FANMAG concentration was more reasonable five tears ago, at least in the context of IWV. But today, with the biggest stocks hogging insanely large portions of important portfolios because of the shadow-momentum built into market capitalization weighting, the investment community really needs to stop taking market cap for granted as the singular standard. The sort of concentration we see in IWV and SPY could be perfectly fine if you are an active momentum-oriented investor. But if the goal is to avoid active decision-making or factor bets and choose instead, passive exposure to the market, ETFs like those are not delivering.

And by the way, if you are inclined to assume FANMAG-stocks will grow into their bloated weighting in the years ahead, recognize that this is indeed, highly active and debatable stance and treat it as such. Don’t lock in on the FANMAG stocks based on inertia. Consider arguments made by people like Catherine Wood, founder of ARK Invest who argues in favor of such areas as artificial intelligence, gene sequencing, robotics, energy storage and blockchain technology. You need to consider her points and really think about whether the FANMAG group will be as out-front five years from now as it is today. Or, perhaps, the market may be showering love on a completely different group of companies. Bottom line: If you really want to be passive, then be passive, and FANMAG-centric ETFs are not the way to do that.

Varieties of Classic (Valuation-Indifferent) Smart Beta

The most obvious form of non-market-capitalization weighting is equal weighting,  such as what is used for the Invesco S&P 500 Equal Weight ETF (RSP) (ETF Home). This is appropriate if there is no reason to feel more strongly about one stocks, as opposed to any other, once it passed whatever hurdles it takes to get into the portfolio. If the stock is worth owning (however that question may be answered), it’s in; otherwise, it’s out. For RSP, there’s one hurdle: being an S&P 500 constituent. For other ETFs the hurdles may relate to screening filters and/or factor models.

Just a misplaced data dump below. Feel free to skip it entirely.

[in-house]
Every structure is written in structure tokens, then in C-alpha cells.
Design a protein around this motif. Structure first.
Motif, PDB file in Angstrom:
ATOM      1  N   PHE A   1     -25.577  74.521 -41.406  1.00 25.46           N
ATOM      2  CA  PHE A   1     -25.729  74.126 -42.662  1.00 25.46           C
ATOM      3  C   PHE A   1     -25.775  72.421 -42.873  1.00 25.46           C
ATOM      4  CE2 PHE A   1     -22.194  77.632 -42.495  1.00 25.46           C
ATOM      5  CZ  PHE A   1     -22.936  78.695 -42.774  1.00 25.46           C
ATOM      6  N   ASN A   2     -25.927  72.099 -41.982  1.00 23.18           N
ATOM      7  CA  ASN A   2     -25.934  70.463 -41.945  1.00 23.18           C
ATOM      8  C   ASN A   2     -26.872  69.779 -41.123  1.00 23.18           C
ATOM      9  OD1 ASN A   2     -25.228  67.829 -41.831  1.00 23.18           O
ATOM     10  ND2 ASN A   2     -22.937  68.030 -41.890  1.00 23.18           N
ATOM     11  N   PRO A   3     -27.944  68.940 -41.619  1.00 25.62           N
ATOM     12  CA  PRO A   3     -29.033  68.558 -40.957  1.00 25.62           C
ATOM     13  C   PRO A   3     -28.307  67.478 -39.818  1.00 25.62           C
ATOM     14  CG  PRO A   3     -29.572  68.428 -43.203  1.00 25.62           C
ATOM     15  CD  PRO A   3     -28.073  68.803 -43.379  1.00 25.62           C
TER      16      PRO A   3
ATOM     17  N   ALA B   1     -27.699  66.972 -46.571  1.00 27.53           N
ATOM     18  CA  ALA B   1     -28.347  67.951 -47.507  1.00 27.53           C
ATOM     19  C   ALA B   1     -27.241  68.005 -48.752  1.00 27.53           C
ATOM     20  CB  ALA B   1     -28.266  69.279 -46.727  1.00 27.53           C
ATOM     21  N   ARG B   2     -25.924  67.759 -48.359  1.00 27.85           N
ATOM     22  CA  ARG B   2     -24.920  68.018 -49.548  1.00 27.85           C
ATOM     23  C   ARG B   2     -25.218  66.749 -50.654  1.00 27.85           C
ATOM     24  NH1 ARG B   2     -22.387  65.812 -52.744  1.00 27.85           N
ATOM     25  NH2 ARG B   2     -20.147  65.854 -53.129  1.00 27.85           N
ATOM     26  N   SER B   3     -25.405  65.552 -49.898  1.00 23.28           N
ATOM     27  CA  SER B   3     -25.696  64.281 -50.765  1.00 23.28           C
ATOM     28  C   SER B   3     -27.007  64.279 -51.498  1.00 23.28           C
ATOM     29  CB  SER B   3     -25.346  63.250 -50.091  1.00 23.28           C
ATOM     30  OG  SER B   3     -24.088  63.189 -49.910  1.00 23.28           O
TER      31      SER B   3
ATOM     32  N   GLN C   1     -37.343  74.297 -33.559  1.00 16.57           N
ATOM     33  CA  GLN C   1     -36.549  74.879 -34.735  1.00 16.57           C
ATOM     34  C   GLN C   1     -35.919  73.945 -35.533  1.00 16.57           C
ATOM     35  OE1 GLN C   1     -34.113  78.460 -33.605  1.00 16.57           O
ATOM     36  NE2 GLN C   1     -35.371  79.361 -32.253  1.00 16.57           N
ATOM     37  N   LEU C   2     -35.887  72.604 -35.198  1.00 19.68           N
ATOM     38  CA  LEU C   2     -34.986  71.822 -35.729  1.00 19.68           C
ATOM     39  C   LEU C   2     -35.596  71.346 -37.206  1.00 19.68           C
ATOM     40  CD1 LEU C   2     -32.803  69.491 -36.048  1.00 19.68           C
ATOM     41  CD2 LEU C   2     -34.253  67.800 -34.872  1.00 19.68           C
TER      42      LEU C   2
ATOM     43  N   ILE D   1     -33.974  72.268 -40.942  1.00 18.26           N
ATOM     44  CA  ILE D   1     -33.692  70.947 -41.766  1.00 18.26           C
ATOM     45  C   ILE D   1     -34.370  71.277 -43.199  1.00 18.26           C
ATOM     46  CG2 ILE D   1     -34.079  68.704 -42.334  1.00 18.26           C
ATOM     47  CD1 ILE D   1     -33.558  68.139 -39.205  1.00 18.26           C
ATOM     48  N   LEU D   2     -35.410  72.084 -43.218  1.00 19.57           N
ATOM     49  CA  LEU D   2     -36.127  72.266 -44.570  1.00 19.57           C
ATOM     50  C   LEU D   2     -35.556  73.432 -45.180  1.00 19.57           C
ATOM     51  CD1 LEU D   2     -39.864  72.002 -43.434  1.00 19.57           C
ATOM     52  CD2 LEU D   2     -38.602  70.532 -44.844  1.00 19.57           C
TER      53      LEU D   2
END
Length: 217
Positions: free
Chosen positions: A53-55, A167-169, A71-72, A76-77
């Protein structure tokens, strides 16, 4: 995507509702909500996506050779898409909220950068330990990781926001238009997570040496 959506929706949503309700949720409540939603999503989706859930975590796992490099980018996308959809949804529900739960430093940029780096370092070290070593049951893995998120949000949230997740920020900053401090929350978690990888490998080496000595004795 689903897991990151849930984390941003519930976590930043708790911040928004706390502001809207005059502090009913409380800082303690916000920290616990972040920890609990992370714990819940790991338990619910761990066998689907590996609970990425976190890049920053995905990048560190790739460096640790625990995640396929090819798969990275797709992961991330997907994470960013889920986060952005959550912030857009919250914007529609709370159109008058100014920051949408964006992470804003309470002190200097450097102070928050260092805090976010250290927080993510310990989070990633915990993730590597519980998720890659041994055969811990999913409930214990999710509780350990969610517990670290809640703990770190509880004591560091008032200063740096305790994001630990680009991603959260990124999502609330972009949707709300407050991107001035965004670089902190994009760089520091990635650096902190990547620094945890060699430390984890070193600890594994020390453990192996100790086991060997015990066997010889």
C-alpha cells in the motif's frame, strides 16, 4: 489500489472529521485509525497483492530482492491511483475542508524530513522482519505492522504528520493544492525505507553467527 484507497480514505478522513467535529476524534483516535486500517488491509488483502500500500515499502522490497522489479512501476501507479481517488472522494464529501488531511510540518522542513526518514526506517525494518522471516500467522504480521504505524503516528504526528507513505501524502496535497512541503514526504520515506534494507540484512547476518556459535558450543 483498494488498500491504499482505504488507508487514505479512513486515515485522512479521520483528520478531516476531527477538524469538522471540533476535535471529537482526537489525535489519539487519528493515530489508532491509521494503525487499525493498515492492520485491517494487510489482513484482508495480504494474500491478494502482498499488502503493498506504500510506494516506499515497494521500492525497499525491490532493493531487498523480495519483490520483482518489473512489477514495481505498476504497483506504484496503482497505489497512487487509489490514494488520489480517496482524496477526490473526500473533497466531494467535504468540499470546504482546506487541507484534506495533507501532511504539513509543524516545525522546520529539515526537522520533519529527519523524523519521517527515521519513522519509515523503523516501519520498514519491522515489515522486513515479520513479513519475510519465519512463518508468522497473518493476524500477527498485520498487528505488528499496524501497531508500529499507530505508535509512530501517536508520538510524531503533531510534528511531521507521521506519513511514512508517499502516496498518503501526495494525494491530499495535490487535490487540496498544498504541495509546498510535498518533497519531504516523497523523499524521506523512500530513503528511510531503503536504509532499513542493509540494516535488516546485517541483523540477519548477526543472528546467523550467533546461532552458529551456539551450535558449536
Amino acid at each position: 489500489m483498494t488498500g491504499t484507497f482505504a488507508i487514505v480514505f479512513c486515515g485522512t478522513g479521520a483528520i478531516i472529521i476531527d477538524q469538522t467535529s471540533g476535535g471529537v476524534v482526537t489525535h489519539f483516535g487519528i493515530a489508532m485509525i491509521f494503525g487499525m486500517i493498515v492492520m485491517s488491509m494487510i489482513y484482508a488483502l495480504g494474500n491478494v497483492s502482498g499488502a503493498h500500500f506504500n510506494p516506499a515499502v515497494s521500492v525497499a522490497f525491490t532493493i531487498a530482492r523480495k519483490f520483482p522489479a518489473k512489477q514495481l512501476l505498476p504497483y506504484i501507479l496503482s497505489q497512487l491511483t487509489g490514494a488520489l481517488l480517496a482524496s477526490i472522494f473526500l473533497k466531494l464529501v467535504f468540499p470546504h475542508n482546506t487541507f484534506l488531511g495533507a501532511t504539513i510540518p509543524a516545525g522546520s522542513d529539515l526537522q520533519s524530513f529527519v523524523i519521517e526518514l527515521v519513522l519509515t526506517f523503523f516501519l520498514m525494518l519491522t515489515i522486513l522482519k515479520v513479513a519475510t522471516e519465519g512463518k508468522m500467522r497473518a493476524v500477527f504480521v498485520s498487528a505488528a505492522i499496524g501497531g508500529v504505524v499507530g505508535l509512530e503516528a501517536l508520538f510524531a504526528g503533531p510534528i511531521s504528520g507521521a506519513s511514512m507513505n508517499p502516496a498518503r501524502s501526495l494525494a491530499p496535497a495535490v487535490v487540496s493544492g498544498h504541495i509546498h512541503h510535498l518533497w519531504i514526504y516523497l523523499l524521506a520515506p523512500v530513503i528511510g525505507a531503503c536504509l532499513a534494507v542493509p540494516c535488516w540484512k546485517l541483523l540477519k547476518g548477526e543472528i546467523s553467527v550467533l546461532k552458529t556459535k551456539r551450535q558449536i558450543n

Strictly speaking, I suppose we can call this Smart Beta since weighting is valuation indifferent.  But I prefer to regard this as honorary smart beta. Genuine smart beta does not deny the usefulness of different weights for different securities. Instead, it aims for a better approach to allocating that is not tied to the whims of the stock market. 

Without presuming to fully catalog every possible form of even valuation-indifferent smart beta, here are four varieties that have already found their way into the market and are fully investable through ETFs:

  • Revenue Weighting: This is very straightforward. Instead of weighting securities on the basis of market capitalization, the portfolio weights on the basis of revenues. So, for example, the revenues for Company A equal 4%, of the sum of all the revenues for all the securities owned by the ETF, then A will have a target weight of 4%. This will be so whether A’s market cap is 1% of the total, 4% of the total, 25% of the total, etc. This provides the most economically clean version of what defenders of FANMAG-heavy portfolios think they’re getting. Revenue is the best proxy for a firm’s contribution to GDP since both metrics arguably put a dollar value on production of goods and services.